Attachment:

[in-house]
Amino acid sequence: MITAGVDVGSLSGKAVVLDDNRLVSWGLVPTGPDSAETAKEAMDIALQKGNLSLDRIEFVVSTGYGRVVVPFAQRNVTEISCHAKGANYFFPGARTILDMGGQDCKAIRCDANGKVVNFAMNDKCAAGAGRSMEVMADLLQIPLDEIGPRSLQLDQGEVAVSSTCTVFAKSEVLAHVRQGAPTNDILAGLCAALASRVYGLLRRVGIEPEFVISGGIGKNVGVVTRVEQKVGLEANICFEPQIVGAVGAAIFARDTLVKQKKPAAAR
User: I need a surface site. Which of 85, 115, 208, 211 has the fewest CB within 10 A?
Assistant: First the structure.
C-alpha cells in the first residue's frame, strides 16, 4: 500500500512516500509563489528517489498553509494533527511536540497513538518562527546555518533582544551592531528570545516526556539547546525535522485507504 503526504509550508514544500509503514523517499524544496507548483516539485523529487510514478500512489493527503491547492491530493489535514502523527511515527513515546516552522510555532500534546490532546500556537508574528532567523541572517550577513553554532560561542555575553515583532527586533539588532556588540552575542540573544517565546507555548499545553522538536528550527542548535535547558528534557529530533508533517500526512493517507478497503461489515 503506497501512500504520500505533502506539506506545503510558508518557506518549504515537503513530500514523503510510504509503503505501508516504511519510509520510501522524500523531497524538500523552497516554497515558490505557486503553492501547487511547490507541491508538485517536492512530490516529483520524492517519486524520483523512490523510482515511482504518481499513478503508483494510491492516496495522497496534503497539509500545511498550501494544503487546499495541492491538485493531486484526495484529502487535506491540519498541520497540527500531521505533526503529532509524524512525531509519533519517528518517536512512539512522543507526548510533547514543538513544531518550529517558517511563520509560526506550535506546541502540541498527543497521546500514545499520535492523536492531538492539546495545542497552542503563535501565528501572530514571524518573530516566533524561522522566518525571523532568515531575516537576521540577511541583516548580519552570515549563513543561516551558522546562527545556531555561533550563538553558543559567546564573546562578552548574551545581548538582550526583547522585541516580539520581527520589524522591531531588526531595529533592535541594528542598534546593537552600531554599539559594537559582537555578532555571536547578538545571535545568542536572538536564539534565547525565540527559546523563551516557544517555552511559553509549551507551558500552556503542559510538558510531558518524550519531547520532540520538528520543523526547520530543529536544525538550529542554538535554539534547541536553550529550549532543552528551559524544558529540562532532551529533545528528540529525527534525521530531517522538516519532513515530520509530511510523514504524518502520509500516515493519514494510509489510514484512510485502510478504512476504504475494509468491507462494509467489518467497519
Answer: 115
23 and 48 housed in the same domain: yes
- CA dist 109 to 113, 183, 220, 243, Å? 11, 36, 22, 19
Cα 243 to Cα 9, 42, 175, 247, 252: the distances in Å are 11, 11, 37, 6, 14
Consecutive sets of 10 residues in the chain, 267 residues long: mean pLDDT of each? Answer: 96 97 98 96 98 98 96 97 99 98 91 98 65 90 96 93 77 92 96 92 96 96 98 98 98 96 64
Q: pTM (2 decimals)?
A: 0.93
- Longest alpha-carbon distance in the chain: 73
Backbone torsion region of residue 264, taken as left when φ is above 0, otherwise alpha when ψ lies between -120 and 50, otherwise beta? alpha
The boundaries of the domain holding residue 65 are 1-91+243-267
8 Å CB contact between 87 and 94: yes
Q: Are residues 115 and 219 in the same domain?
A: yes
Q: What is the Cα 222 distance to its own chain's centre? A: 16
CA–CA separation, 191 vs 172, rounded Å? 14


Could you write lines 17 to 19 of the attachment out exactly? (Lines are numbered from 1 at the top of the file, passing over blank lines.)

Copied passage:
Q: Are residues 115 and 219 in the same domain?
A: yes
Q: What is the Cα 222 distance to its own chain's centre? A: 16